Rick Scott speaks to Dotti Groover Skipper, chairwoman of the Community Campaign Against Human Trafficking of West Florida on Monday.
Much has been made about how millions of dollars of campaign ads have helped boost Rick Scott's standings in his race against Charlie Crist for governor this year. If you're scoring at home, it's been approximately $12 million to zero in terms of how much the Republicans and Scott have put into the ad wars vs. Crist and the Dems (though apparently an anti-Scott TV ad paid for by the Florida Democratic Party is about to go on television).
If you want Scott to be re-elected, you've got to feel good about things. This is a governor who for the past three years has been among the most unpopular leaders in the country, has rarely if ever reached the 40s in popularity ratings, and stands roughly tied with a flawed former Republican in his bid for re-election.
But what can't be discounted is his most obvious attribute: He's the governor. In downtown Tampa yesterday morning, Scott visited The Portico, an initiative of Hyde Park United Methodist Church, with representatives from the group Selah Freedom to trumpet the fact that today he'll sign legislation increasing funding for human trafficking awareness and prevention.
Scott was joined by Attorney General Pam Bondi, local state legislators Jamie Grant and Ross Spano, and a host of advocates fighting human trafficking, which has received lots of attention in recent years in Florida. It was a feel-good event for a good cause, and Scott was the master of ceremonies, speaking first but then sharing the dais with others who could speak about the horrors of the issue.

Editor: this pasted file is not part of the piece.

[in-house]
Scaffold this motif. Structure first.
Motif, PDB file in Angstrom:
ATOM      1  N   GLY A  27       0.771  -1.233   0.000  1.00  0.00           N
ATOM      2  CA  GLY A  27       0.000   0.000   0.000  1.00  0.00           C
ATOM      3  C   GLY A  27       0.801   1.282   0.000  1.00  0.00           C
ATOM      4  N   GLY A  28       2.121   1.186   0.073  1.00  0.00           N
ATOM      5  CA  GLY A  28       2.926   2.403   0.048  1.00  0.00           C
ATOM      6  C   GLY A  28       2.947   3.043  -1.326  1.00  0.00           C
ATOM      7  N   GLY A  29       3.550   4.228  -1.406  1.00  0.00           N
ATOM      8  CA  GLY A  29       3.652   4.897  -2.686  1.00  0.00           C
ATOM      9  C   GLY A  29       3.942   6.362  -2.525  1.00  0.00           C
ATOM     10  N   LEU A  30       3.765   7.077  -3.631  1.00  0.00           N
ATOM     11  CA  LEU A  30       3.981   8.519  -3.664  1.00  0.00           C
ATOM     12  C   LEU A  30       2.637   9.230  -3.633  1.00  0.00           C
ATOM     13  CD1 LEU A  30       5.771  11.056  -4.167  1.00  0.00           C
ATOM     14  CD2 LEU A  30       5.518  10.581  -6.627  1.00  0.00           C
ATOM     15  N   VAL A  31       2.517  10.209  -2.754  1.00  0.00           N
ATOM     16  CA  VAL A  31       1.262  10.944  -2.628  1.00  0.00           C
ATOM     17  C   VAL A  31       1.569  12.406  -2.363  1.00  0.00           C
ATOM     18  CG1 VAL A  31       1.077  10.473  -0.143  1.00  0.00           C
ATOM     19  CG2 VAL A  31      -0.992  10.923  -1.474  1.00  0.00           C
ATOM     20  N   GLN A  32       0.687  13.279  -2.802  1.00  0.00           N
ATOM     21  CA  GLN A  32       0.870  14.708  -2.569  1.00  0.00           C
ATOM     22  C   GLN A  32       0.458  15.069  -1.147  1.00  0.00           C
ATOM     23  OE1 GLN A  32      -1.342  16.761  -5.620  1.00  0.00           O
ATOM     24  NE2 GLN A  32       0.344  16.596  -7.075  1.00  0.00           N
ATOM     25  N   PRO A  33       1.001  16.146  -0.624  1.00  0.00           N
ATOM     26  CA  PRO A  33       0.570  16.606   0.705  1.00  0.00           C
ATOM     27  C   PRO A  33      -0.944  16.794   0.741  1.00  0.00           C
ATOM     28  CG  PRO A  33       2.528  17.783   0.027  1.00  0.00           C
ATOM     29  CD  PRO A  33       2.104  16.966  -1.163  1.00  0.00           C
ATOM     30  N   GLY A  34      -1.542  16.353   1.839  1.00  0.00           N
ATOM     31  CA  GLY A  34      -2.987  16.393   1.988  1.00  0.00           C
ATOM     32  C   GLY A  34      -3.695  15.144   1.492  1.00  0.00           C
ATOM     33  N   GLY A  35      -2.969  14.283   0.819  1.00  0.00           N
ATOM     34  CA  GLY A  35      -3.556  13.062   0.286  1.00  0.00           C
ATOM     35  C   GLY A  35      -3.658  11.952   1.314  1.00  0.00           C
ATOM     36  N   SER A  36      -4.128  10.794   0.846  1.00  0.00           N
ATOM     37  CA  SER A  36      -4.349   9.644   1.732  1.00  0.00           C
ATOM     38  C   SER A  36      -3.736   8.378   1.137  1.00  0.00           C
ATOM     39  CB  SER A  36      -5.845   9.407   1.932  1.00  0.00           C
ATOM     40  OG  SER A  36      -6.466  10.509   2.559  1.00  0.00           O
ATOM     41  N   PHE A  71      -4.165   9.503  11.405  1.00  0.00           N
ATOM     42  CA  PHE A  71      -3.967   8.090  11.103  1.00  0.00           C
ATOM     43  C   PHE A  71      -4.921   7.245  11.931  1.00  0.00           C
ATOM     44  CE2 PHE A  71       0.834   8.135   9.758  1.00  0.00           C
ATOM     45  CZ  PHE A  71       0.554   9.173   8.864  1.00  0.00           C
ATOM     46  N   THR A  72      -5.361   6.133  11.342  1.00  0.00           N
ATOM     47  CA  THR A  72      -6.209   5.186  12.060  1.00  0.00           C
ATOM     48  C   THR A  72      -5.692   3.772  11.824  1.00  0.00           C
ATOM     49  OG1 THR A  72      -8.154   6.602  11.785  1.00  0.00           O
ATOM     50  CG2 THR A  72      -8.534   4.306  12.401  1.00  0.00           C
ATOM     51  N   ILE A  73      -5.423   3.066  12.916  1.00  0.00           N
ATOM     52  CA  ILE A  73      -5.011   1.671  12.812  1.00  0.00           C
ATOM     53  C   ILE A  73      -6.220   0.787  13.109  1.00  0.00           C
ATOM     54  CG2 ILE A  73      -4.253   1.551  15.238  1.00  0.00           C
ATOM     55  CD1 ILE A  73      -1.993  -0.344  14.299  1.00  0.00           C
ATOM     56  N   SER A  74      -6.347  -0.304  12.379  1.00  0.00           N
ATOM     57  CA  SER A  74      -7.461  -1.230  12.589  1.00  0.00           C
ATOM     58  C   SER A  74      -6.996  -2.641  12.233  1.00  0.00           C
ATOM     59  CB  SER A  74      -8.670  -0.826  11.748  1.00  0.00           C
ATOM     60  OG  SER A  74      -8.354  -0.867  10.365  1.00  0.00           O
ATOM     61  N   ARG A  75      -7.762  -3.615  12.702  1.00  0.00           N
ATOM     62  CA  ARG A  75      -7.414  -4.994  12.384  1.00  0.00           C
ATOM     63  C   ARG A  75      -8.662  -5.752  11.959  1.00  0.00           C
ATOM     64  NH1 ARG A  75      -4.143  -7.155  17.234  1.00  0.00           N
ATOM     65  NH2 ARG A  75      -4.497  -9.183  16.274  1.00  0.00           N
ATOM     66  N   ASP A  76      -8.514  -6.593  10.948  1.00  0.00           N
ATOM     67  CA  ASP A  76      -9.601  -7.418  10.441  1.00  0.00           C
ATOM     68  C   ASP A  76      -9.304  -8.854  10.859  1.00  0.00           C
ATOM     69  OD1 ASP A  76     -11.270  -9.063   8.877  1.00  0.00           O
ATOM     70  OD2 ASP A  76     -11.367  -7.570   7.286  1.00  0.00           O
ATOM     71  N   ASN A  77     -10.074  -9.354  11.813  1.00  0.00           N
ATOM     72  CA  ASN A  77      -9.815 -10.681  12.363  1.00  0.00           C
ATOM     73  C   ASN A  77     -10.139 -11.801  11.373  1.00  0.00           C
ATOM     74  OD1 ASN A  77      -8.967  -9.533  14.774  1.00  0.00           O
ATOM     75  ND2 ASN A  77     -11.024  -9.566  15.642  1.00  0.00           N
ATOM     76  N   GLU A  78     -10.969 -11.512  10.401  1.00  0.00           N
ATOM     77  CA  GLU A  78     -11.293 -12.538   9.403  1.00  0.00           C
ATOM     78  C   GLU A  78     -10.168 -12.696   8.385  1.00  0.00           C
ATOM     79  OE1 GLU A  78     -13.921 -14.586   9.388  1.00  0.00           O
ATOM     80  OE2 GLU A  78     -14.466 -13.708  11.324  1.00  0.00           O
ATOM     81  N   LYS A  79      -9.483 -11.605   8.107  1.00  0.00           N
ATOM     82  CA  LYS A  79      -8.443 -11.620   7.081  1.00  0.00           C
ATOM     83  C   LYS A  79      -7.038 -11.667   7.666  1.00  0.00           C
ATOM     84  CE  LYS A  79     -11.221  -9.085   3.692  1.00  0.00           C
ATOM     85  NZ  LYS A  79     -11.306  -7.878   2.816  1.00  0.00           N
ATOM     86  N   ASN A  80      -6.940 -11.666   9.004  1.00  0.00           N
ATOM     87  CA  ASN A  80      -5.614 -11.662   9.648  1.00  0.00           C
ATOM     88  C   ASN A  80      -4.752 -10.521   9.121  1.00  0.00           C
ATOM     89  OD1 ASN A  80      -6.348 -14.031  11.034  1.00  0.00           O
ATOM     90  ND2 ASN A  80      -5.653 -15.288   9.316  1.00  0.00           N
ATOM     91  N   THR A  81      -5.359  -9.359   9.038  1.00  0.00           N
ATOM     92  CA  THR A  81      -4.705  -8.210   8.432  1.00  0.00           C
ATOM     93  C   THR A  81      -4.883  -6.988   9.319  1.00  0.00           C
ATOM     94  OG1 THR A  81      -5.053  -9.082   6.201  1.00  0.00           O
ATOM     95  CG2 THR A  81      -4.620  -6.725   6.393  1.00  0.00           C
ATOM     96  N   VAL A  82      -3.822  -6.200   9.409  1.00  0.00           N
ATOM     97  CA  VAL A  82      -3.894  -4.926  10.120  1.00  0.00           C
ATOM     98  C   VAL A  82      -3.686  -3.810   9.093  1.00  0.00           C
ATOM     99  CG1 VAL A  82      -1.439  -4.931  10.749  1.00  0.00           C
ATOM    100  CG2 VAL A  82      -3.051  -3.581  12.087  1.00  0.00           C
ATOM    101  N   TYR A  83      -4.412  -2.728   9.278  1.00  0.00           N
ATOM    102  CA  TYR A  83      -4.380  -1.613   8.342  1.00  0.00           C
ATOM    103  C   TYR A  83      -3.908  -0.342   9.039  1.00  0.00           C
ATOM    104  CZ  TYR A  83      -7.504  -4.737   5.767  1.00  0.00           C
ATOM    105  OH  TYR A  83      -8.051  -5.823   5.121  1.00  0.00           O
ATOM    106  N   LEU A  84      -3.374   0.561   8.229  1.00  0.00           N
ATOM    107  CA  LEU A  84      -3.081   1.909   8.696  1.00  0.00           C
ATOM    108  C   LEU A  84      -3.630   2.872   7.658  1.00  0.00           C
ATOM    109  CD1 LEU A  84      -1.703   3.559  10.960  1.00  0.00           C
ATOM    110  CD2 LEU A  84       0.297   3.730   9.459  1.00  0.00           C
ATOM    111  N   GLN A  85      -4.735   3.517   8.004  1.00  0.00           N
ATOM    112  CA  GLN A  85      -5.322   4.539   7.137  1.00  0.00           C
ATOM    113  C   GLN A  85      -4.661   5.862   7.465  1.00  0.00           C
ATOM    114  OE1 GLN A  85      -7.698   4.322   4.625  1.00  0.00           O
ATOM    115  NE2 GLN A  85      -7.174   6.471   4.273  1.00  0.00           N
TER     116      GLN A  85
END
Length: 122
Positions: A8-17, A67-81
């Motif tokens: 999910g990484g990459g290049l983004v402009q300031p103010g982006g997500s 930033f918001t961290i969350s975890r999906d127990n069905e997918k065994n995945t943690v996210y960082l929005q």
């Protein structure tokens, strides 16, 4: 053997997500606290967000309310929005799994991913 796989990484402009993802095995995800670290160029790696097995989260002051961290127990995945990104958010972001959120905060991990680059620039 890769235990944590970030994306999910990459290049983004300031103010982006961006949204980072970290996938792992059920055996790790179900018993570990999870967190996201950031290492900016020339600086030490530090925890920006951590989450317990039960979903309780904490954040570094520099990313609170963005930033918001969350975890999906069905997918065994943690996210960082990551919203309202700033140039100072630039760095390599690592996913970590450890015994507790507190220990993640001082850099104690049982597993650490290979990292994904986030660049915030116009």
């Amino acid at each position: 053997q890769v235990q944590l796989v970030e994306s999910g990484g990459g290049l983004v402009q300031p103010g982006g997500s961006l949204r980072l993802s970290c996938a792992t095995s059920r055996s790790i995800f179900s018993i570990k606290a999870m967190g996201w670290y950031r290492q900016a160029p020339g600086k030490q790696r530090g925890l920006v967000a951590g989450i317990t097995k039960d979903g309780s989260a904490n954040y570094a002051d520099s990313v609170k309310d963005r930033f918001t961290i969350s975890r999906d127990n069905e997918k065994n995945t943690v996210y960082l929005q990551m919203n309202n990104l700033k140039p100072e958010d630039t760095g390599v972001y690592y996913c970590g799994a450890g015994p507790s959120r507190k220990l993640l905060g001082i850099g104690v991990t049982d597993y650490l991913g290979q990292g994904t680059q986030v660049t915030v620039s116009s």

Similarly, Scott is running around the state every day, highlighting the money approved in this election-year budget for a cause or a transportation project or what have you. It's called the power of incumbency, and it's a pretty powerful thing indeed. It's why on average, most elected officials, be they mayors or city council members or state legislators or U.S. Senators or even presidents get re-elected more often than they are defeated. And "it's working" for Rick Scott right now.
Speaking of Charlie Crist, the Democrat opened up a new campaign field office in St. Petersburg over the weekend, and CL contributor Sam Johnson has more on that.
Speaking of Jamie Grant, the Tampa Bay area Republican and Uber enthusiast
gave us his views on the latest developments between the car sharing service and the Hillsborough County Public Transportation Commission.
And David Jolly
gave his first speech as an elected member of Congress to the Suncoast Tiger Bay Club in St. Petersburg yesterday, where he had plenty of interesting things to say, including his call to fellow members of Congress to lay off any personal attacks on former POW Bowe Bergdahl.